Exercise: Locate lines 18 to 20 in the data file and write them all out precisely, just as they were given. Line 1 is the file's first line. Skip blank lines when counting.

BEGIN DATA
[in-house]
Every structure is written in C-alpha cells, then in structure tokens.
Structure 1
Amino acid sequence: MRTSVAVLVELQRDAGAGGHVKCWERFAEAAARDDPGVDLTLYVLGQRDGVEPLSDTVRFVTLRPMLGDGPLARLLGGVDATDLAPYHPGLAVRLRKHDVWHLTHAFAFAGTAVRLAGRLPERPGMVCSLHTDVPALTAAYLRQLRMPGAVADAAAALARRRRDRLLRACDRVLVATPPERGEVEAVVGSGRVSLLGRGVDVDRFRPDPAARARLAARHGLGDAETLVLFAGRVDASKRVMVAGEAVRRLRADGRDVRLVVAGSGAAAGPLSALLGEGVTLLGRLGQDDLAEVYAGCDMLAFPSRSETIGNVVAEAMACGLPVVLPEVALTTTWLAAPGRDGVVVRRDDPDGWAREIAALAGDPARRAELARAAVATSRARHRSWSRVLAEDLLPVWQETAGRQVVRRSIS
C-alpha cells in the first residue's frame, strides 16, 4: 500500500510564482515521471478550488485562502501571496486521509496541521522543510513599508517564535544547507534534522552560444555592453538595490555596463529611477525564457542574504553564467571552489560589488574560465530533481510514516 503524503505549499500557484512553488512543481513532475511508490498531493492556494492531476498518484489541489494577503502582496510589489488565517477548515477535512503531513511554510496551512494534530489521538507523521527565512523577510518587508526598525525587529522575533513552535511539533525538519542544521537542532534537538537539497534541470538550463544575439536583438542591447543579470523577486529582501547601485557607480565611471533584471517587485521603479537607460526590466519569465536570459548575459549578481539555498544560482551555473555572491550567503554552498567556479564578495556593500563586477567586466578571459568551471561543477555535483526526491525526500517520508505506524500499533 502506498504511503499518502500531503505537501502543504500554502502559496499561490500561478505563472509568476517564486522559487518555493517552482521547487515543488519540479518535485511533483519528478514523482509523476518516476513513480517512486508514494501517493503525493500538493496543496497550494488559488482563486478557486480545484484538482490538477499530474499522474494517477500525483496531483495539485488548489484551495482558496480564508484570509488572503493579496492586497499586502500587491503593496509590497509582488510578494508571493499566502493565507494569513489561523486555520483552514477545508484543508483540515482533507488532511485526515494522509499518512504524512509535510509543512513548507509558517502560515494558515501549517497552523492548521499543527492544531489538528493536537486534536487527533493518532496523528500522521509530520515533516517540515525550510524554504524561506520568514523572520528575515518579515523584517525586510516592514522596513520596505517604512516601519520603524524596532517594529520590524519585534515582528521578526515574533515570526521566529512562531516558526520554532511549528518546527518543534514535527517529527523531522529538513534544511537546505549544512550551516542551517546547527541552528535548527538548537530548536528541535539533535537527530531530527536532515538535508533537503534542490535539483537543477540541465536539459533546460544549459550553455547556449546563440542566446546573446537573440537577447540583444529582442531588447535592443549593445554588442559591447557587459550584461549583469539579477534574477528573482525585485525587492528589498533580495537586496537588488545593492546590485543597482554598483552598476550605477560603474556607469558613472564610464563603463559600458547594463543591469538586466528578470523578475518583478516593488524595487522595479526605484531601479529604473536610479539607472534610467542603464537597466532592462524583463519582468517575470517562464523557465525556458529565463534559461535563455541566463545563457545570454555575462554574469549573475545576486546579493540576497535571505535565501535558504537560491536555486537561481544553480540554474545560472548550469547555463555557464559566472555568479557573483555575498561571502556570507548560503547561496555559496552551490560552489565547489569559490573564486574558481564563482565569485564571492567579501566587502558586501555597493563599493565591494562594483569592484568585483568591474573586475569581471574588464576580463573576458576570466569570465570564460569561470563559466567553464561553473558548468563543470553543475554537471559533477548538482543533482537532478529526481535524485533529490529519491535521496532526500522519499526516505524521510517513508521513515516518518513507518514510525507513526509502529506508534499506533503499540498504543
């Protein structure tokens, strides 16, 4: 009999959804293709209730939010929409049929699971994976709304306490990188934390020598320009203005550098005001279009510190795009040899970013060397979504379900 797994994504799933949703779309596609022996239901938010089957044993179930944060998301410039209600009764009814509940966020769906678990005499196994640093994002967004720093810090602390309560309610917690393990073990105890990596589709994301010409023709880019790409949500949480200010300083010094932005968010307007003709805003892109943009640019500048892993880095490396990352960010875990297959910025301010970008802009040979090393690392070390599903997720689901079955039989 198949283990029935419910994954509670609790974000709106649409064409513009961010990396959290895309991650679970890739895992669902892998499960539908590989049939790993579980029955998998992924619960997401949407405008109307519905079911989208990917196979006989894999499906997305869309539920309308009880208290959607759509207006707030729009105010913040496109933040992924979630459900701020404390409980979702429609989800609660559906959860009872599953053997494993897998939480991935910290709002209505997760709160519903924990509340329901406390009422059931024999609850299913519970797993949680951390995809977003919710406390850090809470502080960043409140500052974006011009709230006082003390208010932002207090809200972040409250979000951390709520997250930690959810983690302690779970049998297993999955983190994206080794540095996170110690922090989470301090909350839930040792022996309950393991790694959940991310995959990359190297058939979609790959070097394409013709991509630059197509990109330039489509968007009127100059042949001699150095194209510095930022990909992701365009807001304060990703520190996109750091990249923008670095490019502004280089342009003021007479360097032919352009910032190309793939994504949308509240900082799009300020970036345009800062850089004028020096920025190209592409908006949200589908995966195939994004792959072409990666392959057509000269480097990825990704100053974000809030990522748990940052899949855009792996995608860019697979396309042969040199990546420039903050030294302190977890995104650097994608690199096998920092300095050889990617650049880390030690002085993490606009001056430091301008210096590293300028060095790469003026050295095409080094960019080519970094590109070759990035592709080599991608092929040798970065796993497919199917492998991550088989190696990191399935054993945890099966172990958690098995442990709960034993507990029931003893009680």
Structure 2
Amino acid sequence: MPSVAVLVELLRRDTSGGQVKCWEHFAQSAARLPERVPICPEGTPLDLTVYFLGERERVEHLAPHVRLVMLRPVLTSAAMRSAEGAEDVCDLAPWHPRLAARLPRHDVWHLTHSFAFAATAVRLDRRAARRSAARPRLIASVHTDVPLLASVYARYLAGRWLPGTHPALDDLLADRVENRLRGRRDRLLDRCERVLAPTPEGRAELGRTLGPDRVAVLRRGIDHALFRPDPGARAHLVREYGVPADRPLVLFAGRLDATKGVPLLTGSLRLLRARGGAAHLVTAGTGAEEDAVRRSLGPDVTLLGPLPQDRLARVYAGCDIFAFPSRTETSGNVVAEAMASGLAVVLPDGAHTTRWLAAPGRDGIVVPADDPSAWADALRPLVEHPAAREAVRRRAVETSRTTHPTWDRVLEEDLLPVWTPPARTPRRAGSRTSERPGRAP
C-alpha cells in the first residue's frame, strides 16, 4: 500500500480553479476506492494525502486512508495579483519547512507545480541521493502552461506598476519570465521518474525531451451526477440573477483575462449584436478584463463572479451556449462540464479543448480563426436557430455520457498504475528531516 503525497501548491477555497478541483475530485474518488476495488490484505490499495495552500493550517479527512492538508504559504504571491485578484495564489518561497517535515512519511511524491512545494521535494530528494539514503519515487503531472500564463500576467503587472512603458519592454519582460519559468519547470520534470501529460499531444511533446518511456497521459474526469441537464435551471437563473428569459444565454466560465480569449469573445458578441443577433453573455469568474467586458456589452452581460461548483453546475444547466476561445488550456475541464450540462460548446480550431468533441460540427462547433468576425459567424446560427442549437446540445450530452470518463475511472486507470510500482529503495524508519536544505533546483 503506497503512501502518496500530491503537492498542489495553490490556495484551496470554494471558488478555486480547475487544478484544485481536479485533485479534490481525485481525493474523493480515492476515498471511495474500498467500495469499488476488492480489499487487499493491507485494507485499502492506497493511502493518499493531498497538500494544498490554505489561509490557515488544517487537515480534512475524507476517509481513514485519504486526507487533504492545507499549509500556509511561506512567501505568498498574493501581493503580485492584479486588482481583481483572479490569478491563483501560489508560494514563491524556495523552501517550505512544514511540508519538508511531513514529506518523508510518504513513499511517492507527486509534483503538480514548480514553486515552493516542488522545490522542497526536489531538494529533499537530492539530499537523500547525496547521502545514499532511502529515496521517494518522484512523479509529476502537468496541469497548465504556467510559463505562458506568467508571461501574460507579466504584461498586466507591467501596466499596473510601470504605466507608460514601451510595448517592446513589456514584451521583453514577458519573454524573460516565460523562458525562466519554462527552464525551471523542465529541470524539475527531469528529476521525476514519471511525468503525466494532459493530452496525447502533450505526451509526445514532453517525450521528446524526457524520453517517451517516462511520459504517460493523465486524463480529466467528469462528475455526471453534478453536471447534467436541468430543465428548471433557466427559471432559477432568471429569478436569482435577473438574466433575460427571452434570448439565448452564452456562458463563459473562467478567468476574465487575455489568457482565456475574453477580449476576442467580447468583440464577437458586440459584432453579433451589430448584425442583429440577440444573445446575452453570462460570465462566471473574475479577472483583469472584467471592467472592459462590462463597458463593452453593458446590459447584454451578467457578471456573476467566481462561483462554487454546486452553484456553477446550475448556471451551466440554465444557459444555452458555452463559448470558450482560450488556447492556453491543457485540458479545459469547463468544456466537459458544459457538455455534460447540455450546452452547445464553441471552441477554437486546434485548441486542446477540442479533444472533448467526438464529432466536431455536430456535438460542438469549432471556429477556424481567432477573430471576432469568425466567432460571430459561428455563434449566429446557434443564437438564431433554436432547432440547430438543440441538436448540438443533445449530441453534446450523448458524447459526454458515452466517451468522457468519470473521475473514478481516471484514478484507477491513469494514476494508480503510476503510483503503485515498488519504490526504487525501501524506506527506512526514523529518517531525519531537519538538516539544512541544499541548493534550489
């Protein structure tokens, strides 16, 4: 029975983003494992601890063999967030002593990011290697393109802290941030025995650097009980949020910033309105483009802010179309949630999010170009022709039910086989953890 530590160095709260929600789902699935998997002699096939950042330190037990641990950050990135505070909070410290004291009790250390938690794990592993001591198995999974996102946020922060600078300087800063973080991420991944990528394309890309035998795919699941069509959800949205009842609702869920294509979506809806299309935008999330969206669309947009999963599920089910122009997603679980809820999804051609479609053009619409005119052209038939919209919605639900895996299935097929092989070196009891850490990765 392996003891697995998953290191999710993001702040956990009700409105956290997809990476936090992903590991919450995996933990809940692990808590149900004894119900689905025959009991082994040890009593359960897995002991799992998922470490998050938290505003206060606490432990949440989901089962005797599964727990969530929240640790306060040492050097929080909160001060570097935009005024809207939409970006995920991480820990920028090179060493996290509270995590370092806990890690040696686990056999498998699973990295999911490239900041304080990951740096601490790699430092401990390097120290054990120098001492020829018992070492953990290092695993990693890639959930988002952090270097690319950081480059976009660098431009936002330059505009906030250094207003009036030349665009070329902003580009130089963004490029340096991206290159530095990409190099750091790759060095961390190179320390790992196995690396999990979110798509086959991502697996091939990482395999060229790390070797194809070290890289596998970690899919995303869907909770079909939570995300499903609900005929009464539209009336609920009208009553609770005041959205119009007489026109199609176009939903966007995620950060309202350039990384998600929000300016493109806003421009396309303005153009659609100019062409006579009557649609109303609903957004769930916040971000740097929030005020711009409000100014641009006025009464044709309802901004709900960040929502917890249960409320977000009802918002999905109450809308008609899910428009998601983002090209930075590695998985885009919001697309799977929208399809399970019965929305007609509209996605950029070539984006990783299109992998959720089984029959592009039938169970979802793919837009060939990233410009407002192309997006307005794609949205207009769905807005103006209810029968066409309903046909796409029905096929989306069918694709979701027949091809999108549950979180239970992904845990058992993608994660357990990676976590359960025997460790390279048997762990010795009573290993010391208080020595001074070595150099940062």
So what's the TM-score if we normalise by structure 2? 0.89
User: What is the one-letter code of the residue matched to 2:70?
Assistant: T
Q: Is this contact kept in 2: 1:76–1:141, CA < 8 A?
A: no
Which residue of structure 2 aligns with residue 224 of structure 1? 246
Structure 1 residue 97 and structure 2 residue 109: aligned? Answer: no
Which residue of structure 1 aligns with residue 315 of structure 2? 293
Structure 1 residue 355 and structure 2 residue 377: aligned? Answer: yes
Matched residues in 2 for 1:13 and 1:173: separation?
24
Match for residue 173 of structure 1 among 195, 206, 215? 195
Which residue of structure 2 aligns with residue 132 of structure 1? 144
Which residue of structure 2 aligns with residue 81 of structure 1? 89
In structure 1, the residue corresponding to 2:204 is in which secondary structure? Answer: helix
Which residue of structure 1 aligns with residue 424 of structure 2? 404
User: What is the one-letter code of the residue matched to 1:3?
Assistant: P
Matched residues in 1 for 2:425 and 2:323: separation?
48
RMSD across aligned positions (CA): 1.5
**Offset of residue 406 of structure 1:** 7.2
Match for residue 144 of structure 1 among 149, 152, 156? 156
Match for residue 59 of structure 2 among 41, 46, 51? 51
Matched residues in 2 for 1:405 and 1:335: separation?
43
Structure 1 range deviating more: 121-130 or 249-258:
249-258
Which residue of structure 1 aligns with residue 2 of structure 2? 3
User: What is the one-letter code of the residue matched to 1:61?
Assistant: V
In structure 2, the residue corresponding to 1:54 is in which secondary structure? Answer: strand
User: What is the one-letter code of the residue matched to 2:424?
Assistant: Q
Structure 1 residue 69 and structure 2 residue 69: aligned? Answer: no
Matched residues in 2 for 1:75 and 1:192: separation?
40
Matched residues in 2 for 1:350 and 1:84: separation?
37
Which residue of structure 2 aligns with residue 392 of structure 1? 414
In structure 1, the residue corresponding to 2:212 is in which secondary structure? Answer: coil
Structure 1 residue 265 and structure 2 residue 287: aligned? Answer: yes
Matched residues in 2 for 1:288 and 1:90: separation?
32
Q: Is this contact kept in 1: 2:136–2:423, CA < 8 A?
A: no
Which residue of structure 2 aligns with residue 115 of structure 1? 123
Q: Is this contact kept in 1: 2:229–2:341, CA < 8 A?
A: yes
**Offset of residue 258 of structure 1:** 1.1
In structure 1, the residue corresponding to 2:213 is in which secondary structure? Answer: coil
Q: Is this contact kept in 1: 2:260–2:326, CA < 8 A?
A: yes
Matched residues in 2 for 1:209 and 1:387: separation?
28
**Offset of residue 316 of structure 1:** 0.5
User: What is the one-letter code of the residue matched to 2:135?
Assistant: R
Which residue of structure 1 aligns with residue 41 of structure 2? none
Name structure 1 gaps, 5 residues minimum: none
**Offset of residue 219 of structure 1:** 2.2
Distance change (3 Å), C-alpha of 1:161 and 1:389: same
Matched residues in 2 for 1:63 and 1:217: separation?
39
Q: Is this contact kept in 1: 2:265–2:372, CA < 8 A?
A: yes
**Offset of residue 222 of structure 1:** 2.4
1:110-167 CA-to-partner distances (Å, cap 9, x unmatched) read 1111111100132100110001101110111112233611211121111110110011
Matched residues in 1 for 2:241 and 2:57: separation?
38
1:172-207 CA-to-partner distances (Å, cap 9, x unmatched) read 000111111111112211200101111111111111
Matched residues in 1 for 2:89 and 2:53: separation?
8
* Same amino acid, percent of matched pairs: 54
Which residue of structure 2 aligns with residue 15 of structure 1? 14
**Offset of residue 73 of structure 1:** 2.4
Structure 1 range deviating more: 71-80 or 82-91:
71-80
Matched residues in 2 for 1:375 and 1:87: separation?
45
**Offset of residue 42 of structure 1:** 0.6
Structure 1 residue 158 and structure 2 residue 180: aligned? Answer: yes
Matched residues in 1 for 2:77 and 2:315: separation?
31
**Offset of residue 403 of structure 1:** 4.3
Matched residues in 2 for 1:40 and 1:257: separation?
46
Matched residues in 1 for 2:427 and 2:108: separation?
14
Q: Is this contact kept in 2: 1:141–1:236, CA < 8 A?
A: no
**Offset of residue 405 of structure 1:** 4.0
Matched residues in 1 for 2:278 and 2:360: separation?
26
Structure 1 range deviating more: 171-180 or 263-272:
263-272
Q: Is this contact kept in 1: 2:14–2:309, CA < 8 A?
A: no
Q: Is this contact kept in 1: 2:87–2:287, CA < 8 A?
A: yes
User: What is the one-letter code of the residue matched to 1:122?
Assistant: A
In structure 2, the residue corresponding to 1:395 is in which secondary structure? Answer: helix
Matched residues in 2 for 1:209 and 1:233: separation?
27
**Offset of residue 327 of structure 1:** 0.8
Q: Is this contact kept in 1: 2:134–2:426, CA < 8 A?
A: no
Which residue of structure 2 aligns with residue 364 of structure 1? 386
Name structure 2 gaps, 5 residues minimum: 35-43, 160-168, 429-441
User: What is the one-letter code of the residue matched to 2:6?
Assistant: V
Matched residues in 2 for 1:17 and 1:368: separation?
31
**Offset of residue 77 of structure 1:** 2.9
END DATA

Which residue of structure 1 aligns with residue 315 of structure 2? 293
Structure 1 residue 355 and structure 2 residue 377: aligned? Answer: yes
Matched residues in 2 for 1:13 and 1:173: separation?